• Prohibit hospitals from charging multiple times for outpatient radiology services that are rendered only once.
Blue Cross and Blue Shield of North Carolina says such overcharging often happens when technicians take several images of a patient during radiology scans. For each image, hospitals often bill identical “technical component” fees – for such things as setting up IV fluids – even though the setup is performed only once. Blue Cross is battling hospitals over that practice.
• Reward hospitals with low Medicaid costs. Under a system used to maximize federal Medicaid funding, North Carolina requires most hospitals to pay an upfront assessment each year. The state then uses that money as a match to draw federal Medicaid dollars, and returns most of the money assessed to the hospitals. If the new legislation passes, the state would return most of the assessment dollars to hospitals with low Medicaid costs.
Under the bill, the state also would get to keep more of the assessment money – $50 million per year, compared with $43 million now. That money would help offset the state’s Medicaid shortfall, which amounted to more than $500 million last year.
• Ban hospitals owned by the state – including UNC Hospitals – from seizing the tax refunds of patients who don’t pay their bills. Only state-owned hospitals currently have this power. “We’re trying to level the playing field so everyone is treated the same,” said Brown, who co-chairs the Senate Appropriations Committee.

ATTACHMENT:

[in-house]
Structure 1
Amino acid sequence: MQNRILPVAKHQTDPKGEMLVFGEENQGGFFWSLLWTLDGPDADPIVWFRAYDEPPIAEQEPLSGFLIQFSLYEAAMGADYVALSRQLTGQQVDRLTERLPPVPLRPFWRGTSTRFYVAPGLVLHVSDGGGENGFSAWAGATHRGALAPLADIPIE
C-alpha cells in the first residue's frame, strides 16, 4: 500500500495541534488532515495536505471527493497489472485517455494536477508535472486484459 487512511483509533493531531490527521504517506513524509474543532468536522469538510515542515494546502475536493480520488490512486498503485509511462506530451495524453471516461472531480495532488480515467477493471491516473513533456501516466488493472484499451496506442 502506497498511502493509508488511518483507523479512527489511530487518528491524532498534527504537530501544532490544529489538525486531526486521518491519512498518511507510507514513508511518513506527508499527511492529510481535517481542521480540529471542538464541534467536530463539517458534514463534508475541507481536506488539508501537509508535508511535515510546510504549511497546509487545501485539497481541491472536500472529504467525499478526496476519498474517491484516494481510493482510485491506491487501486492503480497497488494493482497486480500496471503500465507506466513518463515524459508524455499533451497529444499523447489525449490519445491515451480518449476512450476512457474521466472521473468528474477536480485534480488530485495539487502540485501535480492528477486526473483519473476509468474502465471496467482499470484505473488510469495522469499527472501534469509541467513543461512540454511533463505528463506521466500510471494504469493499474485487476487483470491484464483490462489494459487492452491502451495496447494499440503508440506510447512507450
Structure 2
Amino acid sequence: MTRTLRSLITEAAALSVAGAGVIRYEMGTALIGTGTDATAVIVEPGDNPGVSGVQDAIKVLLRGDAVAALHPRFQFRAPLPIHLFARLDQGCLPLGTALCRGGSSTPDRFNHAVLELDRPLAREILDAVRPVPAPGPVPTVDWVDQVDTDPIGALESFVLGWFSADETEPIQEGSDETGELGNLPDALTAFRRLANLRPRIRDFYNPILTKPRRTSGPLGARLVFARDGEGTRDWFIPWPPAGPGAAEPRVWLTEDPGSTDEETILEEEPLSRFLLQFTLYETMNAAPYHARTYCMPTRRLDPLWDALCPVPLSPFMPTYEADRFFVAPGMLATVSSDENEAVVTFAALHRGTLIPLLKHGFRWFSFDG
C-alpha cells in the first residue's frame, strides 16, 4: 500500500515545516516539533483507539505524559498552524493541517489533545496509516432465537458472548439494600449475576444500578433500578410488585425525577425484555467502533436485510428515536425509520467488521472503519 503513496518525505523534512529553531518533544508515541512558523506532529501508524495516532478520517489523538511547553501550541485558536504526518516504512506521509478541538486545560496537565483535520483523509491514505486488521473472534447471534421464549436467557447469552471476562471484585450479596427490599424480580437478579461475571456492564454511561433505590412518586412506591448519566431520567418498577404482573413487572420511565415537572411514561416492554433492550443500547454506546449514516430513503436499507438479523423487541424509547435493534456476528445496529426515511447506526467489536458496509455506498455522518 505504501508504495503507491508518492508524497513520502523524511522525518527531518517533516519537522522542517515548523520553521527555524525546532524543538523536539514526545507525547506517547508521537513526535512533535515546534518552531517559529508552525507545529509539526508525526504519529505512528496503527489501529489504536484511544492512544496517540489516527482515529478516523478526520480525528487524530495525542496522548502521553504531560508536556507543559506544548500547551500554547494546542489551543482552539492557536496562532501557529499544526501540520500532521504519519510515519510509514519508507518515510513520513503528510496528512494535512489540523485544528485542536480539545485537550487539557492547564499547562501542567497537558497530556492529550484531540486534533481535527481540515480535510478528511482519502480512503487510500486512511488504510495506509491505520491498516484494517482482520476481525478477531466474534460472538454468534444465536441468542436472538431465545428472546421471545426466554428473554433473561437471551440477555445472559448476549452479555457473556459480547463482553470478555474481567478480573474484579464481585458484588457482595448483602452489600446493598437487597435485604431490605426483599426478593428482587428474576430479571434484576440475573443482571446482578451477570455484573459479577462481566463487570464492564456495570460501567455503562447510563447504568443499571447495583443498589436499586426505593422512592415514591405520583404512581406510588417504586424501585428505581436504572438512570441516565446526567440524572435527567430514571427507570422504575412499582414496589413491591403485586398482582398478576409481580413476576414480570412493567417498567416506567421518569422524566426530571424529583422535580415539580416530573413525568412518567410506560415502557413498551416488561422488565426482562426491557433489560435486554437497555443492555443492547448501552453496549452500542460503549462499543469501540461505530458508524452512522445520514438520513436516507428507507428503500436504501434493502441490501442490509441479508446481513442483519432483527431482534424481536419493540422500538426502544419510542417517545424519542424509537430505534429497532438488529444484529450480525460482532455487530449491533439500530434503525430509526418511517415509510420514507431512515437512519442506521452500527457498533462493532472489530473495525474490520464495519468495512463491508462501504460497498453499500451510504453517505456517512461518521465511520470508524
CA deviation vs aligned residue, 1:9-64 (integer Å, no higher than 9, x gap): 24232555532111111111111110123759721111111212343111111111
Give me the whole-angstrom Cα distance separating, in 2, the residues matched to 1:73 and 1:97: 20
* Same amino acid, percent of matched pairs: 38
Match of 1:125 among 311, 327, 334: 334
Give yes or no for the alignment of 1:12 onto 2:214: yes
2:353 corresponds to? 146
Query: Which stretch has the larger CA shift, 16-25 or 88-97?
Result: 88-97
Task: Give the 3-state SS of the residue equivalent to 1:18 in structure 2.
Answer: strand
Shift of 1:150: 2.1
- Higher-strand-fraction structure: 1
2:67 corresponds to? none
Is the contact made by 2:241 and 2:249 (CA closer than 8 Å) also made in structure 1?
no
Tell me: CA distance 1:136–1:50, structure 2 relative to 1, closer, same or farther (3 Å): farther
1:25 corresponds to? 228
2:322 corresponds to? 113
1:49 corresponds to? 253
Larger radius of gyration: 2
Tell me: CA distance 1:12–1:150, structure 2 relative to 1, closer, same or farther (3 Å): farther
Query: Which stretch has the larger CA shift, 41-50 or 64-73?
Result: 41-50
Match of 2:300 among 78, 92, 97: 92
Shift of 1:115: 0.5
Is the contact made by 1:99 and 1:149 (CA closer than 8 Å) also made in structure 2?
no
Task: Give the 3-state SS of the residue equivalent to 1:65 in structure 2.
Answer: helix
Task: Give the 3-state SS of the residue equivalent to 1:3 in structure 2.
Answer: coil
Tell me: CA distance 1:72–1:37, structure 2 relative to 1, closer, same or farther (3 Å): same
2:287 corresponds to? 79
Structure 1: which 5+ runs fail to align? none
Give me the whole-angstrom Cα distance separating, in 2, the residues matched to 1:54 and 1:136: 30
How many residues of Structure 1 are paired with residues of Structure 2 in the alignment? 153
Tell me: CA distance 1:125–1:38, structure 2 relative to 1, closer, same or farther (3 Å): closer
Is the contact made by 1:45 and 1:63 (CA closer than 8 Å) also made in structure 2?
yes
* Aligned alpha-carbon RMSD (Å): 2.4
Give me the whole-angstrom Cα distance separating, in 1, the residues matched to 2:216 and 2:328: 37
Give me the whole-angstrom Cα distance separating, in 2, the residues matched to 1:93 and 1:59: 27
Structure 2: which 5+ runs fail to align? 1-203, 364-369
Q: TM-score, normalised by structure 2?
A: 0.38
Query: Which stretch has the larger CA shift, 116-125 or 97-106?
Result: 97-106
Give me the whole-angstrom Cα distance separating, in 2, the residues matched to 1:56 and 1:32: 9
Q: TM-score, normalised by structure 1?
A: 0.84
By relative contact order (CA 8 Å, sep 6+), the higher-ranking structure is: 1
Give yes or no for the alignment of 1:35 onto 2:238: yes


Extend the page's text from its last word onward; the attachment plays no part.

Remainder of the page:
• Encourage a change in leadership at Community Care of North Carolina, a state-funded program aimed at helping Medicaid recipients stay healthy and avoid trips to emergency rooms.
The legislation’s sponsors say that leaders of the program may not be the best people to control Medicaid costs because most of its board members are health care providers.
The bill would prohibit the state Department of Health and Human Services from contracting with CCNC unless leadership changes are made. Under the new structure, no more than 25 percent of board members could be providers.
Tax breaks to be studied
Most hospitals voluntarily report their charity care spending and policies to the N.C. Hospital Association, which posts the information on its website, https://www.ncha.org/issues/community-benefit.
Hospitals say they’ve been working with patients in advance to help determine costs. The N.C. Hospital Association has collected charge information from each hospital for the top 35 inpatient procedures. But few insurers and patients pay full charges, so that information does little to help patients anticipate their actual costs.
At least 14 states – but not the Carolinas – require collection of health care cost data for use by consumers. The legislation doesn’t incorporate some proposals that advocates have said could help patients. Among them: prohibiting hospitals from putting liens on the homes of needy patients. Some North Carolina hospitals have filed thousands of lawsuits against patients, often putting liens on their homes and damaging their credit.
Some states limit what hospitals can do to collect on debts. North Carolina is not among them.
Most North Carolina hospitals are exempt from sales, income and property taxes. Earlier legislative proposals to limit sales tax refunds that go to the largest and most profitable hospitals died after opposition from the hospital industry.
Rucho, who is leading Senate tax reform efforts, said lawmakers will study whether hospitals should be required to pay some sales tax.
Observer Staff Writer Karen Garloch contributed.